Demystifying Heartburn: What Heartburn Feels Like and Its Symptoms ExplainedPublished on Wednesday, November 08, 2023 by
Inside Heartburn: A Close Look at the Sensation and Symptoms
Is this heartburn? If you know, you know…but what if you’ve never experienced it before?
As someone who started experiencing heartburn in my 20s, I’m now very familiar with the telltale signs of an imminent, full-blown “burn” (and even the slight hint of heartburn). But I realize that there are lots of people who are curious about what it actually feels like. You might also be wondering if what you’re experiencing is actually heartburn or something else. So, let’s dig into the physical sensations and help you answer the “What does it feel like?” question for yourself.
Chances are, if you think you’re experiencing heartburn, you’ve probably consulted “Dr. Google” about it. And in that case, a “what does heartburn feel like?” query will net you about 38,000,000 results—almost all of which include the phrase “uncomfortable burning sensation.” While that’s not the most helpful description, it’s pretty accurate for most people.
Despite the name “heartburn,” the burning feeling is not located around the heart. Instead, the characteristic pain of heartburn is typically felt just below the ribcage, at the base of the sternum. The pain can be mild and dull or intense and sharp. It can also feel mild initially but become strong shortly afterward (especially if you lie down, recline, or bend over).
Some individuals don’t experience heartburn as a “burning” sensation. People describe it in other ways, including:
- a dull ache in my chest
- feeling like my food is coming back up
- having to clear my throat a lot
- a sour taste in my throat/back of the mouth
More Physical Symptoms Associated With Heartburn
Sometimes, heartburn pain comes with other symptoms, which can be useful in helping you determine if you’re actually experiencing heartburn or something else. These additional symptoms may include:
- feeling very full or bloated (usually after eating)
- “sour stomach” or indigestion
- regurgitation of food
What Causes “Burn” From Heartburn?
The gastrointestinal tract is made to handle food going one way—down. When you eat, the food heads down from the throat to the stomach via the esophagus. Once in the stomach, the food is mixed with a strong acid and other liquids that help break the food down. The stomach itself is protected from the acid, but the esophagus is not. So if that acidic mixture comes back up (a condition known as acid reflux), the sensitive lining of the esophagus becomes irritated, causing a burning sensation. Acid reflux and heartburn can also occur in the absence of food and even after drinking a lot of water.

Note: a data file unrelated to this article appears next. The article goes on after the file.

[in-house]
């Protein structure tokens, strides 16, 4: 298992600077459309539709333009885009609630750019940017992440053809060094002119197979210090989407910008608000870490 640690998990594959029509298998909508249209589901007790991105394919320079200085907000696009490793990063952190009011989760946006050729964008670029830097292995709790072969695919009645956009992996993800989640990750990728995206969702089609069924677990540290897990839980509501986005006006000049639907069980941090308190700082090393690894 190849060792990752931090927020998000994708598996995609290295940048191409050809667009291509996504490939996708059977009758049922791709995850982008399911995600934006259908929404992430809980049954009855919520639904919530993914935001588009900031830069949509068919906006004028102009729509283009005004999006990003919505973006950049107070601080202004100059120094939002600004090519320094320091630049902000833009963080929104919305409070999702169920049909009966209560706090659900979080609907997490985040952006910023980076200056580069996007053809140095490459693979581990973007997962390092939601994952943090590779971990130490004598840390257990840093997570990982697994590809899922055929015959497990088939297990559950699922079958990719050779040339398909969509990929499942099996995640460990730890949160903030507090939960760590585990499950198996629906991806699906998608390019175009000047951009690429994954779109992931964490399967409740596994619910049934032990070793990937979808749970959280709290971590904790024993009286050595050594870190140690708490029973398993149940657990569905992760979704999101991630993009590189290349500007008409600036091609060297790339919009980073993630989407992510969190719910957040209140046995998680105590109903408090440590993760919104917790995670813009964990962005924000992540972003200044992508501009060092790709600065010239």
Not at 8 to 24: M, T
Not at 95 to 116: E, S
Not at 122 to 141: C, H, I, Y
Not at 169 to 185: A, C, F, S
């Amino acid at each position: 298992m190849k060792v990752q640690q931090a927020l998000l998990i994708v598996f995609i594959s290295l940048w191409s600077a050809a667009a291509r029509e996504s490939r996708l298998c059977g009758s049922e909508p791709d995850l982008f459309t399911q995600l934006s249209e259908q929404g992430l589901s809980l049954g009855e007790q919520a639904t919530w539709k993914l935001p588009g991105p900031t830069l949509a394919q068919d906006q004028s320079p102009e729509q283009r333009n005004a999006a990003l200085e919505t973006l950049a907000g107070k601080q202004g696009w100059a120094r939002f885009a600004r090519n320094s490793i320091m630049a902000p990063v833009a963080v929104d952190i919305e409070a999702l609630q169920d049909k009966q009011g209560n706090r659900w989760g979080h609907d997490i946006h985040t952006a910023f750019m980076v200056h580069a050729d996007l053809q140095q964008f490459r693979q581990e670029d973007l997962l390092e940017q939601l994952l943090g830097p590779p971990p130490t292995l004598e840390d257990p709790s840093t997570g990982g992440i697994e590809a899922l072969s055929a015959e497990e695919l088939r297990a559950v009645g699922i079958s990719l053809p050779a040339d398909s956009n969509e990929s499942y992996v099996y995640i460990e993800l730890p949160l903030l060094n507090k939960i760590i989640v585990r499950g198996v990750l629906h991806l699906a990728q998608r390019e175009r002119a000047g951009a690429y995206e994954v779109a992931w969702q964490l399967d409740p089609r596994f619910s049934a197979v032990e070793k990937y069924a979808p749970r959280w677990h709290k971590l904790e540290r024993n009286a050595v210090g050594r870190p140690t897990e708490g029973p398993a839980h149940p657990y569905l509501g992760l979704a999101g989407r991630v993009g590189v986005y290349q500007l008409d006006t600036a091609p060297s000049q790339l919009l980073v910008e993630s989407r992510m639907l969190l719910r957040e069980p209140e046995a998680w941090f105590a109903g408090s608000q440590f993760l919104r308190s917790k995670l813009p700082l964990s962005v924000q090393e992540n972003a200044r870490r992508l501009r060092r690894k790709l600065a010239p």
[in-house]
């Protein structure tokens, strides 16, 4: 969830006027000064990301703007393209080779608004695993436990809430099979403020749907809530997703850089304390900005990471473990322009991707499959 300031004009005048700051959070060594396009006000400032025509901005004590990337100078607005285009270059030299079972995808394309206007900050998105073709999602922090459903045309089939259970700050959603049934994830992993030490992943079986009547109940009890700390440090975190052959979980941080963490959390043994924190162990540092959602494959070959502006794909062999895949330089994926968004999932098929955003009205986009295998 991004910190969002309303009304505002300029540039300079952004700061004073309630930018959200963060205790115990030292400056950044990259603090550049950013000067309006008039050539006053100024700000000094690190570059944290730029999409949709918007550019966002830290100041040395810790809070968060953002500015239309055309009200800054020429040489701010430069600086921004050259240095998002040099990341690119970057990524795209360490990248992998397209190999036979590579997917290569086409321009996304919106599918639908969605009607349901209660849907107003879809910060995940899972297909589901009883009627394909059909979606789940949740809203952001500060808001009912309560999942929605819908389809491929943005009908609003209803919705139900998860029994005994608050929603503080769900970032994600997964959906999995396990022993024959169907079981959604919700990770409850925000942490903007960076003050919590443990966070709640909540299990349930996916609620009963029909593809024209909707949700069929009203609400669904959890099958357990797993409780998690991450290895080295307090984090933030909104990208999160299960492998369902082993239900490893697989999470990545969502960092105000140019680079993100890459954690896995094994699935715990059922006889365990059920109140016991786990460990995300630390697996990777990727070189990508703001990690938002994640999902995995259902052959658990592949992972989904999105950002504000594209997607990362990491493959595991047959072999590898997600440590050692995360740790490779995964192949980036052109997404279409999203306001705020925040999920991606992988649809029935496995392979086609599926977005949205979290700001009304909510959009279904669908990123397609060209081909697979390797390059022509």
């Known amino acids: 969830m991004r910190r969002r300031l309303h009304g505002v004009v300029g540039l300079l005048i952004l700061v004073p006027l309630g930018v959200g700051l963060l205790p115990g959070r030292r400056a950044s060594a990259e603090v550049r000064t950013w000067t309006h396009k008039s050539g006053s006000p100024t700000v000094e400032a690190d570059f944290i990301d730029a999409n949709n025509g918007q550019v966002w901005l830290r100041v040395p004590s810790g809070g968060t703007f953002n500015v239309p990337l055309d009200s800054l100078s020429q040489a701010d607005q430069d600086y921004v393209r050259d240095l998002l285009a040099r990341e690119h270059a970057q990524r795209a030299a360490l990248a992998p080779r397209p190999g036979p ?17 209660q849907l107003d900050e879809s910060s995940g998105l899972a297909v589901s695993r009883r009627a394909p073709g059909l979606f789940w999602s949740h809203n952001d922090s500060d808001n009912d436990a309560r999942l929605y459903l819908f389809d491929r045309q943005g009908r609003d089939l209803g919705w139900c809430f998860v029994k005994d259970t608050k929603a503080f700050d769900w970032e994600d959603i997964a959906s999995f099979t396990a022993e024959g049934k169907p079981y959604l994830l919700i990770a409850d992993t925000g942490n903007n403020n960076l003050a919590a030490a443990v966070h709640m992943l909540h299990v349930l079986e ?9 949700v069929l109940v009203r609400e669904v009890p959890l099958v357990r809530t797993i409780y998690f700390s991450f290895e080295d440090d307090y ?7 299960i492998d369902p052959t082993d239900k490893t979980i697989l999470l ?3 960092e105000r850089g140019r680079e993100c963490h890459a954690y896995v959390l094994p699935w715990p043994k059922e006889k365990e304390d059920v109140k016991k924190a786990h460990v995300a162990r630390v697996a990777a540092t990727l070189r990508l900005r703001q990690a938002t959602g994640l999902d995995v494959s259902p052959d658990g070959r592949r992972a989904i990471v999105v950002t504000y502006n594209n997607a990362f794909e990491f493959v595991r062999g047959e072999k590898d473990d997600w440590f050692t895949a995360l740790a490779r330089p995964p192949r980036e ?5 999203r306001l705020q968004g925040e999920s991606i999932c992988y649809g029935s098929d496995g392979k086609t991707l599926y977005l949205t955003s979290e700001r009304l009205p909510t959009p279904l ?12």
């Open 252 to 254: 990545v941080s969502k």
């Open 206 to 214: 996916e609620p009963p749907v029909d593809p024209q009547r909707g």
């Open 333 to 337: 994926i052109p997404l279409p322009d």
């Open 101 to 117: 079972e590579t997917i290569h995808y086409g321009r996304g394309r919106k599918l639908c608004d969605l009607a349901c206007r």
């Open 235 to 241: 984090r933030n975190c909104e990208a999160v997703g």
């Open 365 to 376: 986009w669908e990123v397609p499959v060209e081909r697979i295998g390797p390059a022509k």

Is It Heartburn Or A Heart Attack?
If you’ve never had heartburn, you may feel anxious about what you’re feeling in your chest, which is understandable! Some people confuse the sensations of heartburn with symptoms of a heart attack. According to the American Heart Association (AHA), chest pain is the most common symptom of a heart attack for both men and women.
One of the quickest ways to differentiate between heart attack and heartburn is by taking an antacid. Antacids have a good safety record and act quickly. If the antacid relieves your chest pain, it is most likely heartburn.
However, the AHA advises that if you’re experiencing any of the symptoms listed below, do not put off seeking medical attention and call 911 right away:
- Discomfort is characterized by pressure, squeezing, fullness, or pain at the center of the chest (these last more than a few minutes or may come and go).
- Pain or discomfort extending to either one or both arms, the back, shoulders, neck, jaw, or stomach.
- Shortness of breath, whether accompanied by discomfort or not.
- Nausea, sudden perspiration (cold sweat), or a feeling of lightheadedness.
Another way to help you distinguish between heartburn and a heart attack is the timing of the chest pain. The pain of a heart attack comes on suddenly but isn’t associated with eating, while heartburn most frequently occurs shortly after a meal.
Other Conditions That May Be Confused With Heartburn
Chest pain is a reasonably general symptom that can be caused by several other health conditions, such as anxiety or panic disorder (having a panic attack), pulmonary embolism (a blood clot that has moved to the blood vessels of the lungs), or pneumonia, to name a few. If you are ever the slightest bit unsure about whether you’re experiencing chest pain from heartburn or something else, call your doctor or 911.
- Heartburn or heart attack? (2022, June). American Heart Association. Retrieved Oct. 18, 2023 from https://www.heart.org/en/health-topics/heart-attack/angina-chest-pain/heartburn-or-heart-attack
- Garg, V., Narang, P., & Taneja, R. (2022). Antacids revisited: review on contemporary facts and relevance for self-management. The Journal of international medical research, 50(3), 3000605221086457. https://doi.org/10.1177/03000605221086457
- Huffman, J. C., Pollack, M. H., & Stern, T. A. (2002). Panic Disorder and Chest Pain: Mechanisms, Morbidity, and Management. Primary care companion to the Journal of clinical psychiatry, 4(2), 54–62. https://doi.org/10.4088/pcc.v04n0203
- MedlinePlus (2022, July 31). National Library of Medicine. Community-acquired pneumonia in adults. Retrieved Oct. 19, 2023 from https://medlineplus.gov/ency/article/000145.htm
Kitty BroihierMS, RD, LD